A 46-year-old Auburn man with a lengthy history of domestic-violence convictions is accused of fatally shooting his estranged girlfriend after she refused to reconcile with him. He had recently been released from jail after an earlier domestic-violence incident involving her.

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Rashied Mitchell, 46, was released from jail without having to post bail on Sept. 12 after he was arrested for allegedly threatening his girlfriend in front of their two young children.

On Saturday — 12 days later — police say Mitchell shot his girlfriend, Tabitha Apling, 33, who died on the floor of a walk-in closet at his mother’s Federal Way apartment. According to charges filed earlier this week, Mitchell shot Apling after learning his mother had called 911.

Mitchell then shot himself in the head, police say.

Mitchell, who is being treated at Seattle’s Harborview Medical Center, has been charged with first-degree murder, felony violation of a no-contact order and first-degree unlawful possession of a firearm.

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“There’s no way in the world to call it anything but a tragedy that will be felt for a long time. Those children are going to suffer,” Auburn City Attorney Dan Heid said of the couple’s sons, ages 5 and 6 months.

Heid’s office had asked an Auburn District Court judge to set Mitchell’s bail at $50,000 after his Sept. 10 arrest in Auburn in the earlier domestic-violence incident involving Apling. But the judge was likely moved by Mitchell’s mother’s statement that she is disabled and needed her son to help care for her, said Heid.

“I’d say the judges are sometimes willing to give a defendant an accommodation, even if it’s not deserved,” Heid said. “We felt he was a serious enough threat … (that) we wanted him held for the protection of the victims.”

Of the high bail request, Heid said: “We don’t ask for it for the fun of it. If we have a bad history, we ask for it.”

According to court records, Mitchell has a lengthy history of domestic-violence convictions that date to the early 1990s and involve several other women. At least three other women had sought protection orders against Mitchell, whose criminal record includes roughly 40 prior domestic-violence convictions, both misdemeanors and felonies.

In June 2015, Apling sought and was granted a temporary domestic-violence protection order against Mitchell after she alleged he had “put hands on me for numerous things,” forced sex on her and threatened to bash her head in with a vase, say records filed in King County Superior Court.

But a few days later she asked a judge to rescind the order.

“I am willing to give him a second chance in hopes that therapy, treatment and couples counseling will help,” Apling wrote on June 16, 2015, when she asked that the protection order be terminated.

The couple had a volatile relationship, according to court records, which show Apling had three misdemeanor domestic-violence assault convictions involving Mitchell.

In the Auburn incident, a woman called 911 just after 11 p.m. Sept. 10 to report a man yelling at another woman in a car in the drive-through line of a fast-food restaurant, with the caller stating she wasn’t sure “if the incident was physical,” say the charges. The caller then told a dispatcher that a woman and two young children had gotten out of the vehicle and the male driver had taken off.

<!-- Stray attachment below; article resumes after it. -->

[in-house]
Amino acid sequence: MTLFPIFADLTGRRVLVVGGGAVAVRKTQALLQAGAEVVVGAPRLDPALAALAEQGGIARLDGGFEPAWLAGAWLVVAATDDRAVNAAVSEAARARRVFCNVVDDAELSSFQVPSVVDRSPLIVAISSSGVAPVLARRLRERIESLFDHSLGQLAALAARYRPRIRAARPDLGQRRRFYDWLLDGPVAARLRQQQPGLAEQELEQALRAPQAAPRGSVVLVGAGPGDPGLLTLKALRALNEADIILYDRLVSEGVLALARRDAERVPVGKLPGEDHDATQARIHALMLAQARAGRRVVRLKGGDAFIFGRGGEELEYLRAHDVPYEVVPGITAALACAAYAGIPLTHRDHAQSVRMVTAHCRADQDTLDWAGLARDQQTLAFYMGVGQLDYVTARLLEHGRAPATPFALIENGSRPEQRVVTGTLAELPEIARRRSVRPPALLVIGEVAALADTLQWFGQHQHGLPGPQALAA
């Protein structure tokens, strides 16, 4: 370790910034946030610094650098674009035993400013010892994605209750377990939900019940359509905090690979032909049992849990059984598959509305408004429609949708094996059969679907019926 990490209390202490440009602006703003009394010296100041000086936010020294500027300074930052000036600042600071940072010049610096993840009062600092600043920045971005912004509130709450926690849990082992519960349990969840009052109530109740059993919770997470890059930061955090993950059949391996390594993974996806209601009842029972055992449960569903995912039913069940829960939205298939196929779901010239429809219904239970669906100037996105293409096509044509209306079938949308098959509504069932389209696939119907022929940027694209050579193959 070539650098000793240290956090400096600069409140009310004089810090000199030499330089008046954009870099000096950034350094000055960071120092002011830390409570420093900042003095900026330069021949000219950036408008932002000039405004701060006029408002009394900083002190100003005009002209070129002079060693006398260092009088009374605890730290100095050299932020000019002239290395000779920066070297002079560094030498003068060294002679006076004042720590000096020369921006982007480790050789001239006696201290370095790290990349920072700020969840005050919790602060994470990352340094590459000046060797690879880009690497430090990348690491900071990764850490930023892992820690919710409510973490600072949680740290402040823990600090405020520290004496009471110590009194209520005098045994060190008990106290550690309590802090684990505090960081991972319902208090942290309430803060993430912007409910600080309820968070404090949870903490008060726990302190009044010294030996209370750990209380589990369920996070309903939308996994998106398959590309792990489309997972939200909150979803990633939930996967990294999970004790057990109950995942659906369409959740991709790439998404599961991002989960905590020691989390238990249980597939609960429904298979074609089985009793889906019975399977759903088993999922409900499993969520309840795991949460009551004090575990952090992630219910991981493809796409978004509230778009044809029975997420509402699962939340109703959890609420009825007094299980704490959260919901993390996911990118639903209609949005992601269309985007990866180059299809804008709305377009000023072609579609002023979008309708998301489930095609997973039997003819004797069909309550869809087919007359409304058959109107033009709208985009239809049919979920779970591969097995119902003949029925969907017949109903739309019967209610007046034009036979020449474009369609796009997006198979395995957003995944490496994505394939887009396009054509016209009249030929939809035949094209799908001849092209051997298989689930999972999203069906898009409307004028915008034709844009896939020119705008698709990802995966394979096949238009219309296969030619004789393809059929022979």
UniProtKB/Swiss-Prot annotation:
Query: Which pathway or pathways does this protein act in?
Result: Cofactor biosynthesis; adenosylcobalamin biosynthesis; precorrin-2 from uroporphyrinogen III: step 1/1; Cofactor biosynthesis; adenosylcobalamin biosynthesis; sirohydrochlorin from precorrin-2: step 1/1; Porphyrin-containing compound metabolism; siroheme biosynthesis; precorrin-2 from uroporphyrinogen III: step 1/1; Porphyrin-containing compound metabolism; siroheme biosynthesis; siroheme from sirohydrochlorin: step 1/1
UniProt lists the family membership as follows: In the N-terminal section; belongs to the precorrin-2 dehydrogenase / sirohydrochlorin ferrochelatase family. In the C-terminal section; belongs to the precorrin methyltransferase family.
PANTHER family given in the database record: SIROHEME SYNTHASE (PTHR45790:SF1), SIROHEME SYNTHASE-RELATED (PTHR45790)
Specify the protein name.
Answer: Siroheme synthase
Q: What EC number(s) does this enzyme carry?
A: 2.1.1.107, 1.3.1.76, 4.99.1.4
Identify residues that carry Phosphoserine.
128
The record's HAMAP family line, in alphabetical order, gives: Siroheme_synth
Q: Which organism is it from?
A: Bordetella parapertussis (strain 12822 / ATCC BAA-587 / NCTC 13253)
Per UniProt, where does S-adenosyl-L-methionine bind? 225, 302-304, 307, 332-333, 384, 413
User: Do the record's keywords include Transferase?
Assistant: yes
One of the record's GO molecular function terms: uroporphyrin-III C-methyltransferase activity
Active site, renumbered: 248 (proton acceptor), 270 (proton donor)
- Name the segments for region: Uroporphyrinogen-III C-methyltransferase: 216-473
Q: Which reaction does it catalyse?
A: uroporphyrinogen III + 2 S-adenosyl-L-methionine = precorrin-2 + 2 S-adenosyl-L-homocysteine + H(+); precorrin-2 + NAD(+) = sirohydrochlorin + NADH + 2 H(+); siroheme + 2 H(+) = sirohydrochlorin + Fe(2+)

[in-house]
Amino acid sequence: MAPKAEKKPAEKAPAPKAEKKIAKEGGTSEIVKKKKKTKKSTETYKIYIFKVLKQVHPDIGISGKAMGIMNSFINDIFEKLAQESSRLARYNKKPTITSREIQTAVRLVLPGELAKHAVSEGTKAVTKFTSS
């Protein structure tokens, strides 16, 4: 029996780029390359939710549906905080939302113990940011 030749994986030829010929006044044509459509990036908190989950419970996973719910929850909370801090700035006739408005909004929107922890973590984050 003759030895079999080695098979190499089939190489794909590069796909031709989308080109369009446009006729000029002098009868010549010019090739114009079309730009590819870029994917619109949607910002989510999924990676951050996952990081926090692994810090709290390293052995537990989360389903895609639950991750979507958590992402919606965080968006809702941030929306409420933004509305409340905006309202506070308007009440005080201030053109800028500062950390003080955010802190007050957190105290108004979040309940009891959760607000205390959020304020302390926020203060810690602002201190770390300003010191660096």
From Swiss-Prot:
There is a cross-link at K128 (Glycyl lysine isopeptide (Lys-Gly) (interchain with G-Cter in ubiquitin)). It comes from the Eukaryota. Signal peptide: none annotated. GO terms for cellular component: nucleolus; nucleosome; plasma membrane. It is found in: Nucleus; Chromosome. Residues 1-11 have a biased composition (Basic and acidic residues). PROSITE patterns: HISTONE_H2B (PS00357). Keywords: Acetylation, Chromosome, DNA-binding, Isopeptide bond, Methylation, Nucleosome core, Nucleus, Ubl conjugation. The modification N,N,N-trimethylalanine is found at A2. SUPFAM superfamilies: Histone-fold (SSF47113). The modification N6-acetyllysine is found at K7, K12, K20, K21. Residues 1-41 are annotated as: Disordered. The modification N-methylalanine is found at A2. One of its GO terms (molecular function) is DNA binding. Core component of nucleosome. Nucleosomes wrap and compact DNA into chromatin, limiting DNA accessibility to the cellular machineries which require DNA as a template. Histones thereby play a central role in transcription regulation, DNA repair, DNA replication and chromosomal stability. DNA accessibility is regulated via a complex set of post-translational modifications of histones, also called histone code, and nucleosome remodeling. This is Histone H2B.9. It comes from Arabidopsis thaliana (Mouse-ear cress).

Apling, who was crying and scared, told officers Mitchell had threatened to “knock her out” and, given his history of violence against her, she believed he was capable of doing her harm, say the charges filed in King County District Court.

Police arrested Mitchell at the couple’s apartment, where two officers struggled to get him into handcuffs, the charges say.

Mitchell was released Sept. 12 on personal recognizance, though he was ordered to stay away from Apling and the children, court records show. He was charged with misdemeanor harassment domestic violence, exposing minor children to domestic violence and resisting arrest in connection with the incident two days earlier, court records show.

The same day Mitchell was released from jail, Apling wrote the judge, asking him to modify the no-contact order so Mitchell — whom she described as a great father — would be allowed to see their kids, court records show.

It appears family finances and the need for child care were uppermost in Apling’s mind: “Rashied and his mother are their care takers when I work. Without them, I also would not have child care and would not be able to support our children,” she wrote.

A hearing on her motion to modify the protection order was set for Oct. 27, the records show.

Though the protection order was still in place on Sept. 24, the day of her death, Apling had gone to Mitchell’s mother’s Federal Way apartment to pick up her children after getting off work, charging papers say. Mitchell had moved out of the couple’s Auburn apartment and was living with his mother.

According to the charges, Mitchell accused her of lying about the earlier incident in Auburn and begged her to take him back — as she had last year, court records show.

Mitchell and Apling argued about their relationship, and their 5-year-old ran screaming into his grandmother’s room “in an obvious state of panic” because Mitchell was waving around a handgun and accusing Apling of “trying to play [him] for a fool,” say the charges.

Charging papers say Mitchell threatened to shoot Apling and himself if anyone called 911 — and then carried through on his threat after learning his mother had summoned police.